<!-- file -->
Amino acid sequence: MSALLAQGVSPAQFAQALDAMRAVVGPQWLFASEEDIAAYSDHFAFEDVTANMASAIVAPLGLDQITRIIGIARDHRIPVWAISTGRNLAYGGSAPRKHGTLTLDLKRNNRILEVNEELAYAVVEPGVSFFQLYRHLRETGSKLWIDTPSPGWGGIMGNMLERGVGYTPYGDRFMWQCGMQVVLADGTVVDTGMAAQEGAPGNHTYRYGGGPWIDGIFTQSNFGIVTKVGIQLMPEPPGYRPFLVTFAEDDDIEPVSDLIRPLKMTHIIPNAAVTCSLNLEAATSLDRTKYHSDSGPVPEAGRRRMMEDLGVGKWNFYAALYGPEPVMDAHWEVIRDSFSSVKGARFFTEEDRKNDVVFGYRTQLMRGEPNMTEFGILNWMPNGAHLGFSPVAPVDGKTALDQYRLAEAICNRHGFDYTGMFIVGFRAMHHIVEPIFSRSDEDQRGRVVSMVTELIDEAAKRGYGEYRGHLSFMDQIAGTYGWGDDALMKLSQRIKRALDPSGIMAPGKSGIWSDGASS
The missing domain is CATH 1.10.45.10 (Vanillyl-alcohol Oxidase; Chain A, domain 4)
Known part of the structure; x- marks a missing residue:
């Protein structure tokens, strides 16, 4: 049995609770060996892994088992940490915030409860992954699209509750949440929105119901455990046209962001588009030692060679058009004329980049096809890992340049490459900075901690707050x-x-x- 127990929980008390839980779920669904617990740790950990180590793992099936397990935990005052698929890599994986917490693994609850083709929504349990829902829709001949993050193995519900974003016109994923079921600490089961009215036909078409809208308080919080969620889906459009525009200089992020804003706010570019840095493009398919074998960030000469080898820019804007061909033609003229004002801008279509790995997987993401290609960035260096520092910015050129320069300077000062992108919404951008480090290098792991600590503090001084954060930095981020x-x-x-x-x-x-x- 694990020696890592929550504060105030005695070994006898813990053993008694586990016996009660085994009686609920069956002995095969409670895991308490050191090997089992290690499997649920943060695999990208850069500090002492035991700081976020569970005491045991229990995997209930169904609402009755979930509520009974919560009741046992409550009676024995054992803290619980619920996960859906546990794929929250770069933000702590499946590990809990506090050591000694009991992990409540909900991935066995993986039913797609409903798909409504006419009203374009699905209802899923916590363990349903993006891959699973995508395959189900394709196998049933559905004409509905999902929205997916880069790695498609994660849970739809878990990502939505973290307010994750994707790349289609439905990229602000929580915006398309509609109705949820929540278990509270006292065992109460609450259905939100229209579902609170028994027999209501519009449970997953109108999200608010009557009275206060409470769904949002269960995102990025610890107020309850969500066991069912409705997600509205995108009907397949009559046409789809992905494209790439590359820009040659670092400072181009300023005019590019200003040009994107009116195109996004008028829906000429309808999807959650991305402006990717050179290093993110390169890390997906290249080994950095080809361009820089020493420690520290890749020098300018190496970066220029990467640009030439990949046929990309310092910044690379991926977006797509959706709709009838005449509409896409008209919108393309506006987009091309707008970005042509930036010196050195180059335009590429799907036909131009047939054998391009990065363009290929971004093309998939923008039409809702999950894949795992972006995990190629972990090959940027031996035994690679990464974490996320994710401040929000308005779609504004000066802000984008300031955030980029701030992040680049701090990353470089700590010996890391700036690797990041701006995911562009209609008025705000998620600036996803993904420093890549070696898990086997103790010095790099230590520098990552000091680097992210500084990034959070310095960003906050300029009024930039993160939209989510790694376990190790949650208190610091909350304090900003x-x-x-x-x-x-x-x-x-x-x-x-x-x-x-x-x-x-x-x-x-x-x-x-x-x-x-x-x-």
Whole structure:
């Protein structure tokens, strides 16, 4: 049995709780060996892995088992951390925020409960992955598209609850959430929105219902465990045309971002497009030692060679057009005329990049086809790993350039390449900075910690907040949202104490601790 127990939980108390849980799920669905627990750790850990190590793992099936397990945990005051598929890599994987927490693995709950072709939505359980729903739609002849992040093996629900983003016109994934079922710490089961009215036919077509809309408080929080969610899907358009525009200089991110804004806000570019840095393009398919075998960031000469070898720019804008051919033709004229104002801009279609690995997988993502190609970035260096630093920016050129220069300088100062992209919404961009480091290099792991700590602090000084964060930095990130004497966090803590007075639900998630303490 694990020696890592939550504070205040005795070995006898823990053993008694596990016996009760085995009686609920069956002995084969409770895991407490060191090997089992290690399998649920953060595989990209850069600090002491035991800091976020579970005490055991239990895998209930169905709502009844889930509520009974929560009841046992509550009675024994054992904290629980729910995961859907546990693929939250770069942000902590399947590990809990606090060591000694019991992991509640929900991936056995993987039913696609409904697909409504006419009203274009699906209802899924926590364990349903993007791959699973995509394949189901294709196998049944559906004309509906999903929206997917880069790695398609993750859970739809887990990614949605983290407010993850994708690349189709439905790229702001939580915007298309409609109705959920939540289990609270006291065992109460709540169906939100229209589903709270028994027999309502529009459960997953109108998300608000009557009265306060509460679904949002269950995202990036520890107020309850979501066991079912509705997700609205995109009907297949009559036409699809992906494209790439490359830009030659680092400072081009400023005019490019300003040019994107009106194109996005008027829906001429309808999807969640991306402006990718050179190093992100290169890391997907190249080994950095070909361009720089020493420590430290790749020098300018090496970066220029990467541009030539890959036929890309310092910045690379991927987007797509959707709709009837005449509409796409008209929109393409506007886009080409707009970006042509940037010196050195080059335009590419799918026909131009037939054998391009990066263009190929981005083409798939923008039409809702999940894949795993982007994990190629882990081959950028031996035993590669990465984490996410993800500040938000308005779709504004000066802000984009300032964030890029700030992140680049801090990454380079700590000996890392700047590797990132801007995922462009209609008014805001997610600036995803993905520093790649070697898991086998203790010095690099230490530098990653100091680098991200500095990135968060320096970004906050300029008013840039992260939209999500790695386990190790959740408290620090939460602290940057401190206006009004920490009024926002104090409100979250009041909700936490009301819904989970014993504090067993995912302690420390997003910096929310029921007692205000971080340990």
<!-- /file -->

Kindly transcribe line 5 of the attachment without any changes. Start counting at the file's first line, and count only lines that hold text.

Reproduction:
Whole structure: